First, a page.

The rain started to fall as I waited for the car ferry to take me from Travemünde across the mouth of the river that gives the town its name to the village of Priwall, on the opposite bank. Priwall sits at the end of a peninsula that belongs to the city of Lübeck. The hinterland to which the peninsula is attached belongs to the state of Mecklenburg-Vorpommern. None of this really matters, except for the need to use the ferry if you want to stay within the limits of the Lübeck transport system. But from the end of the Second World War until early 1990 it did. Priwall was cut off by the inner-German border, surrounded by water and wire, and gazed down upon by watchtowers. The ferry I am waiting for was the only connection to West Germany, of which Priwall was a part. For the best part of half a century, the peninsula was – to all intents and purposes – an island.
Regular readers of Under a Grey Sky will know that I am fascinated by borders. I have spent much of the last couple of years exploring the traces of the border between East and West Berlin, now marked out by the Berlin Wall Trail. I make regular trips to the Oder, where Germany meets Poland. And for a new project, I have been exploring the Baltic coast – and what is the coast if not a border? – between two “lines in the sand”: the German-Polish border on the island of Usedom, and the older inner-German border at Priwall.
So I wanted to see it, but as the ferry dropped me on the other side of the Trave the rain was still falling and I wondered at myself and these ideas I get into my head. No matter, I was here now, and so I began to walk along the street that leads from the ferry ramp to Mecklenburg, and indeed is named for the neighbouring state. Although Travemünde is very much a holiday resort, Priwall on the opposite bank had the feeling of a real, lived in village, which is not to say there was much happening on a soggy Monday morning in March. The old-fashioned “Tante Emma Laden” (corner shop) was closed. As was the Italian restaurant. The campsite was empty. Cars passed by in ten minute intervals – the period between ferry arrivals – but otherwise I had the road to myself. Which was good, because it was not long before the pavement ran out and I was left to skip between the puddles on the curb.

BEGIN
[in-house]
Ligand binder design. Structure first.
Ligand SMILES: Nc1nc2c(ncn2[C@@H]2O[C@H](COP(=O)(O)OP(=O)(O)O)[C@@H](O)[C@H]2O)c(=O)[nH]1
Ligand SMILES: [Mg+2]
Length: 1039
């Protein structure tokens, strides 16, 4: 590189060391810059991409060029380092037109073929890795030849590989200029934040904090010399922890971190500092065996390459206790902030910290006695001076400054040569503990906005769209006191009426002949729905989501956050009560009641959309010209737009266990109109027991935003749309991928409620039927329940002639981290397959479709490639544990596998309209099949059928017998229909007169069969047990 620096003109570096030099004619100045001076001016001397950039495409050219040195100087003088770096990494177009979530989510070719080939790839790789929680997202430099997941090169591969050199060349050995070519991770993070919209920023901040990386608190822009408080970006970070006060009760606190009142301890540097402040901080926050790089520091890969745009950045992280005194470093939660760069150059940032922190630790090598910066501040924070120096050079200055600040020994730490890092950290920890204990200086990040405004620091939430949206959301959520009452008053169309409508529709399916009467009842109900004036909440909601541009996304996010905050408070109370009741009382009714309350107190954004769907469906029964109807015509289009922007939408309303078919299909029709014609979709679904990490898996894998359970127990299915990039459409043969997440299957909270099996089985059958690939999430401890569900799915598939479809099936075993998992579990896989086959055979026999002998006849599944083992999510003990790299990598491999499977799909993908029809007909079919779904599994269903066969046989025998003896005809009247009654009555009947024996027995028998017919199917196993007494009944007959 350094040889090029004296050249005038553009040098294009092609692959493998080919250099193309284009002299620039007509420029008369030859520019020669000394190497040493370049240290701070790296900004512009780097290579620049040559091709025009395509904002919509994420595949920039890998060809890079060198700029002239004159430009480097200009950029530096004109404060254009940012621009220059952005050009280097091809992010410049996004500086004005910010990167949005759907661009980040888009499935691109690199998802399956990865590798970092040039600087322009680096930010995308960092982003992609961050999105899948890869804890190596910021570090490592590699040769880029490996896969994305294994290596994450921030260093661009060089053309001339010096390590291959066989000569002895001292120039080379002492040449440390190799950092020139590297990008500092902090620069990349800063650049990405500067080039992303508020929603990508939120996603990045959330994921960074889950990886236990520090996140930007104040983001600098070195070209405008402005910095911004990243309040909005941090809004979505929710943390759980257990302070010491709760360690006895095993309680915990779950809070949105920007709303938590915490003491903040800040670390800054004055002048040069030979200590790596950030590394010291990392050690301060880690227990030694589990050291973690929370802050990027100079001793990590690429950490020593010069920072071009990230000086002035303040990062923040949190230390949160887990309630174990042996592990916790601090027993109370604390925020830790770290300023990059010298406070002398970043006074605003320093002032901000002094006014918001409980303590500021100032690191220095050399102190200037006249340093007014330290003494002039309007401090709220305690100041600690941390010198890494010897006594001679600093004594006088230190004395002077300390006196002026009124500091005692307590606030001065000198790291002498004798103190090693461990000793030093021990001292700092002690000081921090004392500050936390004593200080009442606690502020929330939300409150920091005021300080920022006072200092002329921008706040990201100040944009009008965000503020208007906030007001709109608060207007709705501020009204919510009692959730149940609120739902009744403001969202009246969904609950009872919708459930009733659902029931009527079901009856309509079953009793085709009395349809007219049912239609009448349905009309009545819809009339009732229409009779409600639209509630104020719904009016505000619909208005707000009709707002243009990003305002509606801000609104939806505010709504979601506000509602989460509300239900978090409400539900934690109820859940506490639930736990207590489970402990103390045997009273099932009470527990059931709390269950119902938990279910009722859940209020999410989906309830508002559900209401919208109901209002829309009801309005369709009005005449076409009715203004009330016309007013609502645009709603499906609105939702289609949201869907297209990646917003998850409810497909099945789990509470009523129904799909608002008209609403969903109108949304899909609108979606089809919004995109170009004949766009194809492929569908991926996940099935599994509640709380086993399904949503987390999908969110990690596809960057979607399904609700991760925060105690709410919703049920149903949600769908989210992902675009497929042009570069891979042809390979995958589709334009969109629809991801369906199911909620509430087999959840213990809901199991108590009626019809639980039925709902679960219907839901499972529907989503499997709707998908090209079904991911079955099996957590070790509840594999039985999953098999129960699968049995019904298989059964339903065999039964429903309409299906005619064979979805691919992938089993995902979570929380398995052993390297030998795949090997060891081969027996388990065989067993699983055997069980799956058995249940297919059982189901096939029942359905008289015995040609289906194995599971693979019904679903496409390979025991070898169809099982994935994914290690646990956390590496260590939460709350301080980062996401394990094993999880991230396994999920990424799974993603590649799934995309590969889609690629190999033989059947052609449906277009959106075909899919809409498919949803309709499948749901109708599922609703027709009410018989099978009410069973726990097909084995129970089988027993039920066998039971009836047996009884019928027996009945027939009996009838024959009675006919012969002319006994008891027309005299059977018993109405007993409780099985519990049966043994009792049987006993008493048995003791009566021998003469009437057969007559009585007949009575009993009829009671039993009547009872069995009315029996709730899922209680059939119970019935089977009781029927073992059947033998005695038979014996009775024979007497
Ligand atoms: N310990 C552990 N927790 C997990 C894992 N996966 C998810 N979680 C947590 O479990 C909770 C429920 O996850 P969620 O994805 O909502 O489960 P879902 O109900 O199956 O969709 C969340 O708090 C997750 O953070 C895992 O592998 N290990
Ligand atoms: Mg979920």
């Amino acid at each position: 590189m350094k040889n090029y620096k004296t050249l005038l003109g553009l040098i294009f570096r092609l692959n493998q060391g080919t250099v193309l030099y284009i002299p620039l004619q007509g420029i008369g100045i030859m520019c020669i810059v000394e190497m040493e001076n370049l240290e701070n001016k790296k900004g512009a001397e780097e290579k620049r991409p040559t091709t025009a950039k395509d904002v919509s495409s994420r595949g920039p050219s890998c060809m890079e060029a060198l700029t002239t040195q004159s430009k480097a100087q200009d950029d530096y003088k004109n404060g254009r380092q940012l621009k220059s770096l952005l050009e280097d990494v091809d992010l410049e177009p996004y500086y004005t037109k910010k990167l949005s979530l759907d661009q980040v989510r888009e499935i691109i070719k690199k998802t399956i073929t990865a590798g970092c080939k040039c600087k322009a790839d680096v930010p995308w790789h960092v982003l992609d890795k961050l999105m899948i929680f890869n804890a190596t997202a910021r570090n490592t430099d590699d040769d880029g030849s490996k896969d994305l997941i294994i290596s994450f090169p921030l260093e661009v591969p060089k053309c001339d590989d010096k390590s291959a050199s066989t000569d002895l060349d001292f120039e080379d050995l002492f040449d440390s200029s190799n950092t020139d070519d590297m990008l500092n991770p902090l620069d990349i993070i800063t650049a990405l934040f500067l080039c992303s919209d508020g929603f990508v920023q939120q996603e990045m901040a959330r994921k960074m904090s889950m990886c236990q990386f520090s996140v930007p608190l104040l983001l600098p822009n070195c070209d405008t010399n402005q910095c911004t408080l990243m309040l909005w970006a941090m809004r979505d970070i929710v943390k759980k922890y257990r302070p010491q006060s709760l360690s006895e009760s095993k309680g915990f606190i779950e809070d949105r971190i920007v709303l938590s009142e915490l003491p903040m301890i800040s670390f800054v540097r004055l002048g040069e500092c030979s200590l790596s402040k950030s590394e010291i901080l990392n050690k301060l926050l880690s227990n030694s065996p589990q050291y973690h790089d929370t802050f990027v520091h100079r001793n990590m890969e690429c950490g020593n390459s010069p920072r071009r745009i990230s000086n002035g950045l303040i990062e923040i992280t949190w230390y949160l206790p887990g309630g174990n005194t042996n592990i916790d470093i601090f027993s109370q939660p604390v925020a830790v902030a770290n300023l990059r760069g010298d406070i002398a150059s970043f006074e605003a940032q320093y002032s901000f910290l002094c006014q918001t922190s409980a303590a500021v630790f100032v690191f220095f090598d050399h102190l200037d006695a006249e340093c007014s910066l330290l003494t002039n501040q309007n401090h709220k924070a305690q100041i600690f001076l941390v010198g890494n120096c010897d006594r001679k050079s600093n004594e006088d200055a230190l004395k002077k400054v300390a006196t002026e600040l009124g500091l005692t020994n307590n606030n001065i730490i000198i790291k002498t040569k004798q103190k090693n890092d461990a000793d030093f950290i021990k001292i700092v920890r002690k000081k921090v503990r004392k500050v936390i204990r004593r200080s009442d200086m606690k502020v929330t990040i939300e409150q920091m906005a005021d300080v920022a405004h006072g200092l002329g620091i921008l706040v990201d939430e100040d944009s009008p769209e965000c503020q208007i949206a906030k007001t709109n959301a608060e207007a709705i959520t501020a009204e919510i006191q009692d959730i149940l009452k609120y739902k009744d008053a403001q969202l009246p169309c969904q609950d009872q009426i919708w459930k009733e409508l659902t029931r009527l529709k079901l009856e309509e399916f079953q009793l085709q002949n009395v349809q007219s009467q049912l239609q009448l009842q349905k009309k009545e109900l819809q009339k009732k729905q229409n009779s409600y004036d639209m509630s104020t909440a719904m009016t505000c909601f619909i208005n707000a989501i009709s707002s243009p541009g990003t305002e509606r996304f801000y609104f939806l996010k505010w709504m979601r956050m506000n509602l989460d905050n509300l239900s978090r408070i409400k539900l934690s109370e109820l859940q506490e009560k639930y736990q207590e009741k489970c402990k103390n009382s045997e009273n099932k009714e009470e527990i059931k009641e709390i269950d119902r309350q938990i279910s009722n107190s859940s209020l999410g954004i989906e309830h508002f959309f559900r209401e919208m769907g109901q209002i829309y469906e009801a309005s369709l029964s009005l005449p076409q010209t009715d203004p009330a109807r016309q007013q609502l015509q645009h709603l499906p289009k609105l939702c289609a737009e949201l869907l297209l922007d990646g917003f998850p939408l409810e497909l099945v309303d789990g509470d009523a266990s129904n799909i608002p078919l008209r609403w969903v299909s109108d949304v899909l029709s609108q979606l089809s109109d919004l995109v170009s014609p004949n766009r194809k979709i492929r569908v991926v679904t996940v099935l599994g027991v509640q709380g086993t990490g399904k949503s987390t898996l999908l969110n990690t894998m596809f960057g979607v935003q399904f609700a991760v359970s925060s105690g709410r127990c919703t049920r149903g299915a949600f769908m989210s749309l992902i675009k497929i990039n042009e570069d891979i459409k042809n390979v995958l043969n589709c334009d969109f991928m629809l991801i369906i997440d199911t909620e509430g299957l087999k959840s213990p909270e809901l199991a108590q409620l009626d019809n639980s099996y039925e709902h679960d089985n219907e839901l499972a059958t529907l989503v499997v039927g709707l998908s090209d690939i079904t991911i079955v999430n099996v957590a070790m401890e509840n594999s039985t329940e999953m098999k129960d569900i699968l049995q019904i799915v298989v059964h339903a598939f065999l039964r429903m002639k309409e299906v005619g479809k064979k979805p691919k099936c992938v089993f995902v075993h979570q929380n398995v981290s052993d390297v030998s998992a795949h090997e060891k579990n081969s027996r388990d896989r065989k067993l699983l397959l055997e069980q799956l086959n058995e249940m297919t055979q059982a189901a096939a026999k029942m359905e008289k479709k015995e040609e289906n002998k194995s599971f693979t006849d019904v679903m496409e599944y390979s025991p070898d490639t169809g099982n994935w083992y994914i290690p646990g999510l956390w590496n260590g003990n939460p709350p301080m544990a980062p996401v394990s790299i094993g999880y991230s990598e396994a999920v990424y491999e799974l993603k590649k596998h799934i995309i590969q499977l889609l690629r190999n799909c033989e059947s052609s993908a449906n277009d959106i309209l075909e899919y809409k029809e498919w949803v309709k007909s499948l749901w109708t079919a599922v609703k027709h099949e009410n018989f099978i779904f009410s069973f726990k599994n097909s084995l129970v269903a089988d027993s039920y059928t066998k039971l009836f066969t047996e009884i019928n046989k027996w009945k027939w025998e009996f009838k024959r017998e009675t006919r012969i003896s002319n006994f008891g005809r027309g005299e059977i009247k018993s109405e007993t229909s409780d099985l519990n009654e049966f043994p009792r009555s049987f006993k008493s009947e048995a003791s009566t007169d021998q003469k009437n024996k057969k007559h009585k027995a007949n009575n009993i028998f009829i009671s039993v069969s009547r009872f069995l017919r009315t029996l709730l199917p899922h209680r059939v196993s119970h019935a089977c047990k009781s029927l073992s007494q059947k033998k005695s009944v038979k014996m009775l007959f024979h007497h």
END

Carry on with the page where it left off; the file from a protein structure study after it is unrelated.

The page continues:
It took about half an hour, maybe a little less, to reach the boundary, at the narrowest part of the peninsula where the inland sea bites into the dunes and the gap between the lagoon and the Baltic is only a couple of hundred metres. This was once a highly fortified border, part of the “Iron Curtain” that divided not only Germany but the continent of Europe. Now there were very few clues to the exact place of division, just a yellow sign with a line through the letters LÜBECK to indicate the city limits, and the start of a proper, well-paved bike path on the other side, obviously financed by the neighbouring state to the edge of their jurisdiction but no further. At the side of the road there was an information board, with a timeline of the division, and a heavy stone with a few words carved into its face.
NEVER AGAIN DIVIDED.
From the stone I followed a sandy path that led me up from the road between the former border strip – now wild and overgrown – and a row of weekend cottages firmly shuttered for the winter. In a matter of moments I had crossed the dunes and was down on the beach. Across the bay I could see the lighthouse and the highrise monstrosity that is the Maritim Hotel in Travemünde. Accessed by the ferry, this had long been a beach for outsiders… the end closest the mouth of the river reserved for dogs and here, where I was standing, reserved for nudists. For forty years West Germans who believed in the free body culture bathed naked beneath the watchful eyes of East German border guards. Twenty five years on, I had the place entirely to myself.
I walked down to the water’s edge and looked back up the sands towards the dunes. I was trying to pinpoint the exact spot where the border once stood, but it was impossible. No remnants of the fortifications. No memorial stone. No signpost. A few weeks ago I discovered a similar scene on Usedom, where the border between Poland and Germany is very much real, but from the water’s edge there is nothing to hint at its location on the sands. As I stood, alone on the beach, guessing at the point where East Germany once met West, the sun decided to come out. Only for a second. And then the clouds skidded over again, and by the time I started to follow the shore back around the headland to the ferry, the rain had begun to fall once more.
Words & Pictures: Paul Scraton